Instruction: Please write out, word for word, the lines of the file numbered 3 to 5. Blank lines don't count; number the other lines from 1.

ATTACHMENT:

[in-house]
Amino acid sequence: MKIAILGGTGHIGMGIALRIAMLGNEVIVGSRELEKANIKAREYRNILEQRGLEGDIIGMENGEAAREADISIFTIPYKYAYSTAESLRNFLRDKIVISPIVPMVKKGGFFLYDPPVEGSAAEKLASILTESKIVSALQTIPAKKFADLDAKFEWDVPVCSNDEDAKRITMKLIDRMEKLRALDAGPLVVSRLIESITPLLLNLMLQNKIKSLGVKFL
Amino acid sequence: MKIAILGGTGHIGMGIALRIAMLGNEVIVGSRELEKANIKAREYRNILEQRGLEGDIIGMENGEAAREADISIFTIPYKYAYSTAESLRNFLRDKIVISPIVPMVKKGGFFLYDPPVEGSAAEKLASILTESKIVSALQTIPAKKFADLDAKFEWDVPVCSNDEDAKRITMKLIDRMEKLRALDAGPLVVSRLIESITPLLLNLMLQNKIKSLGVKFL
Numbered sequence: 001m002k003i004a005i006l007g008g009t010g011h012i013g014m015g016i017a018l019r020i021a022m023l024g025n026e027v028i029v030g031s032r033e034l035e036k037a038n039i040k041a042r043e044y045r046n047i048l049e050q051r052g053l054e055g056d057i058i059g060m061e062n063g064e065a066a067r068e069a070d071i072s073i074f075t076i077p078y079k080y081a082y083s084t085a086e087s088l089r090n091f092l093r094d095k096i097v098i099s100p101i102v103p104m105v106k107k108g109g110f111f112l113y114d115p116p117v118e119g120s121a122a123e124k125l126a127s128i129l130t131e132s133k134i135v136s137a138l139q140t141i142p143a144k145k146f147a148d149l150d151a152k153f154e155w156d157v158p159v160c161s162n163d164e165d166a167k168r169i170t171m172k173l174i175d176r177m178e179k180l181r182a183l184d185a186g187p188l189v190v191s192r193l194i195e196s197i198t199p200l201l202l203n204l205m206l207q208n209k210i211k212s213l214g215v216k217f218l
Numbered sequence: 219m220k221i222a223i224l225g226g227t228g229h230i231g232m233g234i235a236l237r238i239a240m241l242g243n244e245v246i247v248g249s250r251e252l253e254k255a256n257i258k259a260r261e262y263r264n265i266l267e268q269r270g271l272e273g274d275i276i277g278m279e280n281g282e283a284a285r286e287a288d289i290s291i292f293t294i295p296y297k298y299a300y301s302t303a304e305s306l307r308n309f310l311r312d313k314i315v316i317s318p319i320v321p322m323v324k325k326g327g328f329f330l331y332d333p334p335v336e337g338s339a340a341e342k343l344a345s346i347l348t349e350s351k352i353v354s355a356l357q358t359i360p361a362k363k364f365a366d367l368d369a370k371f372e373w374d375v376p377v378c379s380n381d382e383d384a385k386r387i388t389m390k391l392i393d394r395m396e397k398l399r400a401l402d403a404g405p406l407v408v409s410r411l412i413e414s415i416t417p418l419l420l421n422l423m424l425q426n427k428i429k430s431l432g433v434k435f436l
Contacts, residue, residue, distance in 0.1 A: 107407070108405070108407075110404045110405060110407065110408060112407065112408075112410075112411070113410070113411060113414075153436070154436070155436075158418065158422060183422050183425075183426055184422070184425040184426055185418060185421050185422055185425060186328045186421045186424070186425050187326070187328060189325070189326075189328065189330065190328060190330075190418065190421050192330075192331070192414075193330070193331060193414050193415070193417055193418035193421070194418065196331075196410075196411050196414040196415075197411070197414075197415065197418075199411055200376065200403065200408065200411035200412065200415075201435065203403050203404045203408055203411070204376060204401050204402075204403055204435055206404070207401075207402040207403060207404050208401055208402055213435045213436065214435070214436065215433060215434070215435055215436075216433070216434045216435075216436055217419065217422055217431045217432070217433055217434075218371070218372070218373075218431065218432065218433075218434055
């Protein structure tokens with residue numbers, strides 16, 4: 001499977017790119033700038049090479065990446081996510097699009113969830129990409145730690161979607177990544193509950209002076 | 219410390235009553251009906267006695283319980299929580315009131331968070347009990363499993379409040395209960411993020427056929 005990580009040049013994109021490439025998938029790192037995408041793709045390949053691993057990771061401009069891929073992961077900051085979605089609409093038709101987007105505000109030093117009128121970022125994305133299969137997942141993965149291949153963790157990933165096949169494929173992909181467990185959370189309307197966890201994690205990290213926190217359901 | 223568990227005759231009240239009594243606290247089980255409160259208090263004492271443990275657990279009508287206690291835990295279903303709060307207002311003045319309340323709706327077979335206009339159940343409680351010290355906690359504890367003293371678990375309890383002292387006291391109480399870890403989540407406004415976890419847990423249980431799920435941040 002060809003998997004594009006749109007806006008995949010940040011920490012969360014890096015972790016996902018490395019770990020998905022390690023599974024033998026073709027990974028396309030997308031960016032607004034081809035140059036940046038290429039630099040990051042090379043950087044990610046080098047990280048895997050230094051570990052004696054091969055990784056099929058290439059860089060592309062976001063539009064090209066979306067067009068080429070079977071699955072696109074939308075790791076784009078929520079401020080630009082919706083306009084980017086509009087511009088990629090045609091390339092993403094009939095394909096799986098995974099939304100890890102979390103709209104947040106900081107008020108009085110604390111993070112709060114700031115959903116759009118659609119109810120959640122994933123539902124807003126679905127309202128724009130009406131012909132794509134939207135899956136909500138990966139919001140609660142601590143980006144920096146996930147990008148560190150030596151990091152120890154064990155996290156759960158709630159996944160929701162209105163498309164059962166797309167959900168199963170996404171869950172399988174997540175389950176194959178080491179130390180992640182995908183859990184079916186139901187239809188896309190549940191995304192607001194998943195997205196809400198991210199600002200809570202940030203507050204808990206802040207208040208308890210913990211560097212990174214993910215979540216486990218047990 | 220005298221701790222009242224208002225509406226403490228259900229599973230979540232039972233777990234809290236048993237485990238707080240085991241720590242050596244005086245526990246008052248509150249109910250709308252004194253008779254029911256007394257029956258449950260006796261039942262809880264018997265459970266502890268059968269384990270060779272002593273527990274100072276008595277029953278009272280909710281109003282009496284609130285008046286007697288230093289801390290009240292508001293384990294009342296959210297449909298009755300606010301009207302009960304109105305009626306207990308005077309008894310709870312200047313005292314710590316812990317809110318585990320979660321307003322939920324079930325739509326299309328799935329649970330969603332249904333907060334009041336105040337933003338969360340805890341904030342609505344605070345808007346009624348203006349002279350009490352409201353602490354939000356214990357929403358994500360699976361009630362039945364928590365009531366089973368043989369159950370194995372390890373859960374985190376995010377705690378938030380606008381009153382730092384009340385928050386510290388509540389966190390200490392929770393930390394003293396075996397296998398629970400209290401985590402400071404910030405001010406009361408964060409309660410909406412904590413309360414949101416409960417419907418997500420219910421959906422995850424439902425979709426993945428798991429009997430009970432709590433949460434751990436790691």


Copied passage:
Amino acid sequence: MKIAILGGTGHIGMGIALRIAMLGNEVIVGSRELEKANIKAREYRNILEQRGLEGDIIGMENGEAAREADISIFTIPYKYAYSTAESLRNFLRDKIVISPIVPMVKKGGFFLYDPPVEGSAAEKLASILTESKIVSALQTIPAKKFADLDAKFEWDVPVCSNDEDAKRITMKLIDRMEKLRALDAGPLVVSRLIESITPLLLNLMLQNKIKSLGVKFL
Numbered sequence: 001m002k003i004a005i006l007g008g009t010g011h012i013g014m015g016i017a018l019r020i021a022m023l024g025n026e027v028i029v030g031s032r033e034l035e036k037a038n039i040k041a042r043e044y045r046n047i048l049e050q051r052g053l054e055g056d057i058i059g060m061e062n063g064e065a066a067r068e069a070d071i072s073i074f075t076i077p078y079k080y081a082y083s084t085a086e087s088l089r090n091f092l093r094d095k096i097v098i099s100p101i102v103p104m105v106k107k108g109g110f111f112l113y114d115p116p117v118e119g120s121a122a123e124k125l126a127s128i129l130t131e132s133k134i135v136s137a138l139q140t141i142p143a144k145k146f147a148d149l150d151a152k153f154e155w156d157v158p159v160c161s162n163d164e165d166a167k168r169i170t171m172k173l174i175d176r177m178e179k180l181r182a183l184d185a186g187p188l189v190v191s192r193l194i195e196s197i198t199p200l201l202l203n204l205m206l207q208n209k210i211k212s213l214g215v216k217f218l
Numbered sequence: 219m220k221i222a223i224l225g226g227t228g229h230i231g232m233g234i235a236l237r238i239a240m241l242g243n244e245v246i247v248g249s250r251e252l253e254k255a256n257i258k259a260r261e262y263r264n265i266l267e268q269r270g271l272e273g274d275i276i277g278m279e280n281g282e283a284a285r286e287a288d289i290s291i292f293t294i295p296y297k298y299a300y301s302t303a304e305s306l307r308n309f310l311r312d313k314i315v316i317s318p319i320v321p322m323v324k325k326g327g328f329f330l331y332d333p334p335v336e337g338s339a340a341e342k343l344a345s346i347l348t349e350s351k352i353v354s355a356l357q358t359i360p361a362k363k364f365a366d367l368d369a370k371f372e373w374d375v376p377v378c379s380n381d382e383d384a385k386r387i388t389m390k391l392i393d394r395m396e397k398l399r400a401l402d403a404g405p406l407v408v409s410r411l412i413e414s415i416t417p418l419l420l421n422l423m424l425q426n427k428i429k430s431l432g433v434k435f436l